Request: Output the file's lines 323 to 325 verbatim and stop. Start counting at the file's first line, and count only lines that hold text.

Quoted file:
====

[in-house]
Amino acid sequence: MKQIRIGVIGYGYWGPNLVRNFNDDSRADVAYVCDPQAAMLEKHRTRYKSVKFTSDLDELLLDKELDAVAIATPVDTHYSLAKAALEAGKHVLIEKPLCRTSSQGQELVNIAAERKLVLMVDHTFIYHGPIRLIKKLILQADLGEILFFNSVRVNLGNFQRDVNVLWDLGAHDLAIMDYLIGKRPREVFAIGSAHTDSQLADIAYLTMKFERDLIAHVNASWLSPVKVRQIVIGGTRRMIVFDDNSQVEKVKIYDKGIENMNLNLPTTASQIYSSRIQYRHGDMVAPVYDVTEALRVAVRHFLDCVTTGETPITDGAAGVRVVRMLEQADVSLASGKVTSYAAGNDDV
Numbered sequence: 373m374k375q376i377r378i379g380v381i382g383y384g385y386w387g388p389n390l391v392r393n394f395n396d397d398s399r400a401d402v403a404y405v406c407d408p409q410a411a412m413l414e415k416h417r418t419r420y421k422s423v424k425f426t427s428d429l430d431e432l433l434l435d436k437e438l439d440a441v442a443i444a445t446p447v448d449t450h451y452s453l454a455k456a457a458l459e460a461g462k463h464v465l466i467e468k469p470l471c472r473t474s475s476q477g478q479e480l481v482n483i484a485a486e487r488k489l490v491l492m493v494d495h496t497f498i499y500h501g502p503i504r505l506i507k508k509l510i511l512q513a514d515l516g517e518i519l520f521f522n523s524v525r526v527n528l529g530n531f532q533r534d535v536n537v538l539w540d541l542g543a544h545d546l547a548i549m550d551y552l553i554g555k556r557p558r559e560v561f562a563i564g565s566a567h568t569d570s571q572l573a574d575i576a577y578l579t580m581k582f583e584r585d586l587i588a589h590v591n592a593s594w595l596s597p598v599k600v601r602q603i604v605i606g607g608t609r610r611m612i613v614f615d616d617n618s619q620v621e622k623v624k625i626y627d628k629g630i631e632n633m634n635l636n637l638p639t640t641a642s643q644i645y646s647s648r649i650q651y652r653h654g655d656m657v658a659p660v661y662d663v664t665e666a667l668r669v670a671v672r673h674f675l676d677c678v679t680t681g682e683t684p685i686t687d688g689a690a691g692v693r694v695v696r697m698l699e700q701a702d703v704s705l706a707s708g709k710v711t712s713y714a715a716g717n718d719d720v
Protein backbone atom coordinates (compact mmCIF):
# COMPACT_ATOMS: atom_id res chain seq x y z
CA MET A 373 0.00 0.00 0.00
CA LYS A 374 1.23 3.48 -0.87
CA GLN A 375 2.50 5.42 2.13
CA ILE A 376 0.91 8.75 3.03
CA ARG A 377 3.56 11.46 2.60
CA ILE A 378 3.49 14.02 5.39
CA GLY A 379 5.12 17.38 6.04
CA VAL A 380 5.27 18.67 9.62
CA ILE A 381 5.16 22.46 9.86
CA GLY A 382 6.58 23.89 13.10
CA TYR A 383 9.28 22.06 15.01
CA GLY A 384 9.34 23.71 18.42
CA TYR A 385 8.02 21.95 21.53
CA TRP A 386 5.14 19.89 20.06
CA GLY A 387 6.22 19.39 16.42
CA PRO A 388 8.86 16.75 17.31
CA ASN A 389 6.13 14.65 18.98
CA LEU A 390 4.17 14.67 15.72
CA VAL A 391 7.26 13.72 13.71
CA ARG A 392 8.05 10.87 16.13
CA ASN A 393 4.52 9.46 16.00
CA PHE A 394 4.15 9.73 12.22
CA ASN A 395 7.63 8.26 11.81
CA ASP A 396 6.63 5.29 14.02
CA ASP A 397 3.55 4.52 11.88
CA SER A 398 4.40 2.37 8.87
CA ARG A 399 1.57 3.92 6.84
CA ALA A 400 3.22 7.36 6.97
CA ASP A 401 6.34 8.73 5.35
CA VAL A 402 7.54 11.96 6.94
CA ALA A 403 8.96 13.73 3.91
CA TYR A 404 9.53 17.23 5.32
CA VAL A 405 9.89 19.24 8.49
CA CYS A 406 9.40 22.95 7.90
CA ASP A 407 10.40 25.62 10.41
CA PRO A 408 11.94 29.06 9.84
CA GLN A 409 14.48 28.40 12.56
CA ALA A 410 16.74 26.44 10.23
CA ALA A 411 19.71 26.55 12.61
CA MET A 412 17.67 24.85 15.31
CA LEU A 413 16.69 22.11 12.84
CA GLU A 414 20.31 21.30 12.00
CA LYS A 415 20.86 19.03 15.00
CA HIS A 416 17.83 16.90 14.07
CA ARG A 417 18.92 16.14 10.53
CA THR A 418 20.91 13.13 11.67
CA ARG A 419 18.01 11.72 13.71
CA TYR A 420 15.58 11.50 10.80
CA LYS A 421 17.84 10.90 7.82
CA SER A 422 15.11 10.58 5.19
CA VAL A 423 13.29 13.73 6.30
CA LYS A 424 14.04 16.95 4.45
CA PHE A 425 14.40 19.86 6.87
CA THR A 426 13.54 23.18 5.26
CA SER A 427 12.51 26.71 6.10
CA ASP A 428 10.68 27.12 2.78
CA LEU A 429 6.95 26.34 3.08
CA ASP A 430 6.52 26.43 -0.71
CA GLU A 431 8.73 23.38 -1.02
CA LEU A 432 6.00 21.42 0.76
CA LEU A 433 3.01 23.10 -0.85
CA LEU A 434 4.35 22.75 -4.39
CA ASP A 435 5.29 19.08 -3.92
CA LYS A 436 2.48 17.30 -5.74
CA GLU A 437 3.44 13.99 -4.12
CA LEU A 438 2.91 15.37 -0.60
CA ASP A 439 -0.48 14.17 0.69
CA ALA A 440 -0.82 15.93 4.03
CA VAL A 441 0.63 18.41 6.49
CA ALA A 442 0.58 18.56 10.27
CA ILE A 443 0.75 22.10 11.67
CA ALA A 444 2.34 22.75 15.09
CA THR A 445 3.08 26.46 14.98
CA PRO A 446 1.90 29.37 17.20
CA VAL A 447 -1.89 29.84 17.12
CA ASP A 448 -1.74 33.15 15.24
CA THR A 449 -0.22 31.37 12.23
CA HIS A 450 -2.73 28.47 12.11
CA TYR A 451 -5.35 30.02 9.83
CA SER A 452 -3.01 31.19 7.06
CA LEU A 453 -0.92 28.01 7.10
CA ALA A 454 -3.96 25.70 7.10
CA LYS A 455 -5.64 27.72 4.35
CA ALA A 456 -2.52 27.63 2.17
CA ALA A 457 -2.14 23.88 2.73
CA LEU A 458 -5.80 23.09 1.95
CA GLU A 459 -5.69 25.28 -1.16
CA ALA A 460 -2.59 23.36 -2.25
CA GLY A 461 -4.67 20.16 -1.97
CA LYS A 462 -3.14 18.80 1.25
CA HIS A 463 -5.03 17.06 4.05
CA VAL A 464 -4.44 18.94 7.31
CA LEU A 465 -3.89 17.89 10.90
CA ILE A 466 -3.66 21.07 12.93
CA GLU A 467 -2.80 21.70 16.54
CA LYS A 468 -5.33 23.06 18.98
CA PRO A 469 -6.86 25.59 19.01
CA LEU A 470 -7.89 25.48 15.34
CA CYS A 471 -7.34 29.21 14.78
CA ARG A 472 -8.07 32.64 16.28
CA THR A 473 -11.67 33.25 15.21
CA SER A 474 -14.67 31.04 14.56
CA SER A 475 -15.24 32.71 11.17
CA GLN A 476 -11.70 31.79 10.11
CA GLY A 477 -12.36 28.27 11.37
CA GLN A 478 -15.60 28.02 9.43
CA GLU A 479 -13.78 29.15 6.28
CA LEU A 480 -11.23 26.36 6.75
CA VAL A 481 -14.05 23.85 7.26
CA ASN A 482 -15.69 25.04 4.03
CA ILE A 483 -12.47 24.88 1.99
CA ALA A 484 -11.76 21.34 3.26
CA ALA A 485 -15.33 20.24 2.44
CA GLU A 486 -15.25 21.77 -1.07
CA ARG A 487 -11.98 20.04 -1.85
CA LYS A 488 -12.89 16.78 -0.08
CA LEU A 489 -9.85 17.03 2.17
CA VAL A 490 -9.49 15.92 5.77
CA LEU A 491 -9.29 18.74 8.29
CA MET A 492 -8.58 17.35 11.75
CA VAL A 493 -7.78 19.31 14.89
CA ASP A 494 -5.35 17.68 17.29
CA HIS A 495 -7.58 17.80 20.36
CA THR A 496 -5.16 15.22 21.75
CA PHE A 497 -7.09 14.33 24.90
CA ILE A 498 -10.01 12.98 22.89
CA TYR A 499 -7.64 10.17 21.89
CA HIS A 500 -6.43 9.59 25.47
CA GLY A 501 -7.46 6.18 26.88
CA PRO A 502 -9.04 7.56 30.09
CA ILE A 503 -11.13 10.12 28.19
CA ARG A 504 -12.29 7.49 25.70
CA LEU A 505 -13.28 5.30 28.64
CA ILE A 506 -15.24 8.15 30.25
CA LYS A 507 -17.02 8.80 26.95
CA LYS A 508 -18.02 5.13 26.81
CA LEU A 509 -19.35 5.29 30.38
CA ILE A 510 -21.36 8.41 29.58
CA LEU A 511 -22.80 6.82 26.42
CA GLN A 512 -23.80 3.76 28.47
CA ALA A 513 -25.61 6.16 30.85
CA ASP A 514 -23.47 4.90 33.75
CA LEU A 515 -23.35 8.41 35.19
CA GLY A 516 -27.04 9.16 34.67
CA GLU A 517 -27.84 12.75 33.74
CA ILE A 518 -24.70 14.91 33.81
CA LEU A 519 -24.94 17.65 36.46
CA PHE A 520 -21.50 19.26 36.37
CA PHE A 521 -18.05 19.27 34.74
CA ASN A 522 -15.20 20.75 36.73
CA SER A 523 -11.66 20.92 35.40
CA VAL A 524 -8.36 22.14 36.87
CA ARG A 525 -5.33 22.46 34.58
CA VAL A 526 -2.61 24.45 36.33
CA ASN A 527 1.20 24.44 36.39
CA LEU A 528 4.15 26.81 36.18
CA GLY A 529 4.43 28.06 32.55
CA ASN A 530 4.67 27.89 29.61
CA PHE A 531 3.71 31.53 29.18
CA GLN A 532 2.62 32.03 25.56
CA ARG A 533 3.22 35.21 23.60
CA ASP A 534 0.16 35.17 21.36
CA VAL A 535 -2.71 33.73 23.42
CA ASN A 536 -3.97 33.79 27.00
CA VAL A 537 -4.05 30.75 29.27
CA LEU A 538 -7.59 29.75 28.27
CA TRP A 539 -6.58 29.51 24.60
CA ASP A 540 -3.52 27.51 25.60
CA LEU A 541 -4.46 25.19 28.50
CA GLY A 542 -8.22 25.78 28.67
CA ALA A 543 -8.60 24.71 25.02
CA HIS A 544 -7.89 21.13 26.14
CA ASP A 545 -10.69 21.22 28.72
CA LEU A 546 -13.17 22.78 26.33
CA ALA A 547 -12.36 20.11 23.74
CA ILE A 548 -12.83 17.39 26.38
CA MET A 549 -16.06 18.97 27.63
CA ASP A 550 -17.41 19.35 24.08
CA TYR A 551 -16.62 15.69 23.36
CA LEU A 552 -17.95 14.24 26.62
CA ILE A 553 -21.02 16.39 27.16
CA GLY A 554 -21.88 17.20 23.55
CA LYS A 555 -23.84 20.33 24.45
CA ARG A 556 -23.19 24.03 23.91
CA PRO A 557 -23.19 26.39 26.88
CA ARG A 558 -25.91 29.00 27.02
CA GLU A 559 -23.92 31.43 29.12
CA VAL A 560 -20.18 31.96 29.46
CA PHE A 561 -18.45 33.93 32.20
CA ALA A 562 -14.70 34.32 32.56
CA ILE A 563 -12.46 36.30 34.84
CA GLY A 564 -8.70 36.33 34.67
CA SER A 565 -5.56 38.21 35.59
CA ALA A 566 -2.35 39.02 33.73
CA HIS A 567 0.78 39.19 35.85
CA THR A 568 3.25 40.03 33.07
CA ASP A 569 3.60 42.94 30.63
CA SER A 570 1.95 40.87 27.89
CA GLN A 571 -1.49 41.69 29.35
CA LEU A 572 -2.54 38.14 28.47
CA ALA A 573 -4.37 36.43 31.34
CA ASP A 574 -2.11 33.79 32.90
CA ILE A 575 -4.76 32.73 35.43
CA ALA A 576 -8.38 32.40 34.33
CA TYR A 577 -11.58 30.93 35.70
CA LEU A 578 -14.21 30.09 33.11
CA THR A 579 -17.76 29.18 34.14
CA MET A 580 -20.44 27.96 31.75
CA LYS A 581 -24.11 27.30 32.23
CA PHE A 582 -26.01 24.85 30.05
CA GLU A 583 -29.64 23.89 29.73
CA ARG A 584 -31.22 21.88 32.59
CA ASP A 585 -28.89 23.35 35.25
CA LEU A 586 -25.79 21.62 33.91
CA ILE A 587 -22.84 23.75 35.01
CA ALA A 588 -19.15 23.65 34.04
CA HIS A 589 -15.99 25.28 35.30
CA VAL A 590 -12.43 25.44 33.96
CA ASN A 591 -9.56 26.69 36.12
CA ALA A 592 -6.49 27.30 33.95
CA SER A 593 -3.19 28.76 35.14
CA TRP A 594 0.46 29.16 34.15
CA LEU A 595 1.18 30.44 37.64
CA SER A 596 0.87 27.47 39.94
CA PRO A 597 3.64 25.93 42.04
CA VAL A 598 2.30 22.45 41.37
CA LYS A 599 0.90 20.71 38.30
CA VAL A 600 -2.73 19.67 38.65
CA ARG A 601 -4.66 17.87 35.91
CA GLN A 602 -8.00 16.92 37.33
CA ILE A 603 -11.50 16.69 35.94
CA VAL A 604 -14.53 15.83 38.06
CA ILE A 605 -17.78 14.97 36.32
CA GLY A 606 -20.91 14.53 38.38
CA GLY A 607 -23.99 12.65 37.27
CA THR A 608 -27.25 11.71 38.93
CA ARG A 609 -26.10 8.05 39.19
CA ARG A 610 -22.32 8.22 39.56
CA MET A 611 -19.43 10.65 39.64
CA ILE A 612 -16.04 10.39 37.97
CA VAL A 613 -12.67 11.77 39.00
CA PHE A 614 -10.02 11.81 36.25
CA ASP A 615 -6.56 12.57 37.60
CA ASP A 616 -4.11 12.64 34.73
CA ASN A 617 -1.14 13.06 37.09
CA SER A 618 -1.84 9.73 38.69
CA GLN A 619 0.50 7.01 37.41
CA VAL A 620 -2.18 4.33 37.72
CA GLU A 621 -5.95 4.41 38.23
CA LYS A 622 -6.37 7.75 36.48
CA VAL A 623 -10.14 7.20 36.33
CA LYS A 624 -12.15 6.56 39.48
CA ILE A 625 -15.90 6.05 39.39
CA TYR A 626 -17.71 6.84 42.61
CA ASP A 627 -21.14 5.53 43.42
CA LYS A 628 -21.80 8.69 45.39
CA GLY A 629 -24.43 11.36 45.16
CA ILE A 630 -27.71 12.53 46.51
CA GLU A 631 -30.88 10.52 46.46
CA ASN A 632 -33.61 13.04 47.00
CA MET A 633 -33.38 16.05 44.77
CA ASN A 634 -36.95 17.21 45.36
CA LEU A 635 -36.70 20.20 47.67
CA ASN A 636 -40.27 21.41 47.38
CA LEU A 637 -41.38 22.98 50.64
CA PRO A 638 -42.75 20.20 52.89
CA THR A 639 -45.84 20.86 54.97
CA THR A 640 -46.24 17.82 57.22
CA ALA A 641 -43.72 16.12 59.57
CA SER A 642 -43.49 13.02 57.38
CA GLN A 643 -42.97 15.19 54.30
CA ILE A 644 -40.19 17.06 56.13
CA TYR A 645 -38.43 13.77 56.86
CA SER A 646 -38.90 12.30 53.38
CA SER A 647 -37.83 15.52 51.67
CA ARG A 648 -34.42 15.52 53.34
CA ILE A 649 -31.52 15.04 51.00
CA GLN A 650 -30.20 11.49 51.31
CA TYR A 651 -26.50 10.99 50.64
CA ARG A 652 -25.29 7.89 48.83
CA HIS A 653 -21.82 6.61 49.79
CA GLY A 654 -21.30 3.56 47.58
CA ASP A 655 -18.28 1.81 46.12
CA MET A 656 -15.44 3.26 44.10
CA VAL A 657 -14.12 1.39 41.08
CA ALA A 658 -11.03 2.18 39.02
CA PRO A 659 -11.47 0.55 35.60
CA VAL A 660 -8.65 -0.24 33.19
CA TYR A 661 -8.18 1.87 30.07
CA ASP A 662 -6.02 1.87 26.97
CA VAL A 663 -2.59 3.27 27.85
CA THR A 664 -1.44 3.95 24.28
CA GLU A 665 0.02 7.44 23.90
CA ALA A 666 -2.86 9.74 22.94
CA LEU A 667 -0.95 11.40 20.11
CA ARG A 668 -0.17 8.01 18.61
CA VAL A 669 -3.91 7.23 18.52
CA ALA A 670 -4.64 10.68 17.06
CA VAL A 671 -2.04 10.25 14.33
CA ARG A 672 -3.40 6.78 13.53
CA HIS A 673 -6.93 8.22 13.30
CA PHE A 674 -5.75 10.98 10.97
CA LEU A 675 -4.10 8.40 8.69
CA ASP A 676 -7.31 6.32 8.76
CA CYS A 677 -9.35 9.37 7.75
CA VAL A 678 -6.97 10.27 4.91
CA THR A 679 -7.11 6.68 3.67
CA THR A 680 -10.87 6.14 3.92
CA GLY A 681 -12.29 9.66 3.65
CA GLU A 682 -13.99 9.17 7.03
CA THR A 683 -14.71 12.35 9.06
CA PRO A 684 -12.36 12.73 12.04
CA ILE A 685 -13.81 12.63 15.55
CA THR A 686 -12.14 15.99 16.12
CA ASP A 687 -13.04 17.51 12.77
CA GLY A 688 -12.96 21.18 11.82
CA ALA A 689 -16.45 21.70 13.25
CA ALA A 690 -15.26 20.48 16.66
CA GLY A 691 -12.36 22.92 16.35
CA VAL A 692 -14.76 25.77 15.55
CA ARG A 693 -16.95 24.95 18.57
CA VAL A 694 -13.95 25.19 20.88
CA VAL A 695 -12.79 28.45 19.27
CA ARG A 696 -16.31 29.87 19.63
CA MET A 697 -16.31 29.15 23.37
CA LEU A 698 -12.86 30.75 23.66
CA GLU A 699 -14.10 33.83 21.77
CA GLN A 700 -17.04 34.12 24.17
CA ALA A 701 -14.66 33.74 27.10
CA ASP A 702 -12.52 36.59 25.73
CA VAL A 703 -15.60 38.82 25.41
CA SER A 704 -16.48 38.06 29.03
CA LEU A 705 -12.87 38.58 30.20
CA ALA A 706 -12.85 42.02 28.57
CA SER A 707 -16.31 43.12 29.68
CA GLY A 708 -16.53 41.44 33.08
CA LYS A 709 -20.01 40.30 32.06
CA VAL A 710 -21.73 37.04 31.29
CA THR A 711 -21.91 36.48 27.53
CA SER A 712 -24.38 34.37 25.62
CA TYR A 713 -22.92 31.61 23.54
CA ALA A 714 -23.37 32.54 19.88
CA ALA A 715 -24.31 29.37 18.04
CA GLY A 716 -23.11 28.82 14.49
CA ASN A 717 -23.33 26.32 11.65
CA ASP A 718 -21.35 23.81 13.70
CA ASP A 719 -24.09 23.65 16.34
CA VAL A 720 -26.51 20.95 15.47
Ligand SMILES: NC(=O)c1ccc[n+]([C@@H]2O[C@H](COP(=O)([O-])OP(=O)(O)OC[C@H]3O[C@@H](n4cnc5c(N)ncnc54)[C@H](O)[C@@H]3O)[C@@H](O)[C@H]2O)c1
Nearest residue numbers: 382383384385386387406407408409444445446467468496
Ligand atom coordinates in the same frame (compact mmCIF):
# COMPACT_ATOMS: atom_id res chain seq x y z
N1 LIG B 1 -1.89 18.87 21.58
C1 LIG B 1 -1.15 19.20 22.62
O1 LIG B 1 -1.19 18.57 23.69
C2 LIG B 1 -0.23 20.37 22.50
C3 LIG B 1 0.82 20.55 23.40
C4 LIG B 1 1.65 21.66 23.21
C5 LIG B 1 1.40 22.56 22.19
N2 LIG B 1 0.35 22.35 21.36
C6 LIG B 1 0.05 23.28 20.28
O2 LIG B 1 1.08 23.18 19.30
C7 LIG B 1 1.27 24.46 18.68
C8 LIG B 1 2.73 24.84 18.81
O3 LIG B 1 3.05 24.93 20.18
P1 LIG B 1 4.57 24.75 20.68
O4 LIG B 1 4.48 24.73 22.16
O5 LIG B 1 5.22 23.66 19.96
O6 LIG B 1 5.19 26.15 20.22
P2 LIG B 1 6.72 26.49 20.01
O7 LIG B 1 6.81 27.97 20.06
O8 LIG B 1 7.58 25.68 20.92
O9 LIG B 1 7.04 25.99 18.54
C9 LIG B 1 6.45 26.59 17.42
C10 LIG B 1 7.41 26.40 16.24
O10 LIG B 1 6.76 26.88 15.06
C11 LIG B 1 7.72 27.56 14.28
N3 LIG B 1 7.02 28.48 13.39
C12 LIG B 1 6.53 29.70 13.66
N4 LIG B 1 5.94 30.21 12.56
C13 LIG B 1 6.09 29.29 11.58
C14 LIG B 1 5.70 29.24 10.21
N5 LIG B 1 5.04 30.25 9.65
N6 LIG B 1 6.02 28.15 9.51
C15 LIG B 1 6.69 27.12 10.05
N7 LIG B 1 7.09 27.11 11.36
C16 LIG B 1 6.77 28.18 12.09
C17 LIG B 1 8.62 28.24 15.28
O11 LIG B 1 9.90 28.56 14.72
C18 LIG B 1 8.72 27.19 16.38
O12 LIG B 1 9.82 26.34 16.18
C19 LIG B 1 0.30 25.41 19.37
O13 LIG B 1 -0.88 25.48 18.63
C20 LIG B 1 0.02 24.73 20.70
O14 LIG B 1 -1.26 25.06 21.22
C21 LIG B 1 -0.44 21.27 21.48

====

CA ALA A 690 -15.26 20.48 16.66
CA GLY A 691 -12.36 22.92 16.35
CA VAL A 692 -14.76 25.77 15.55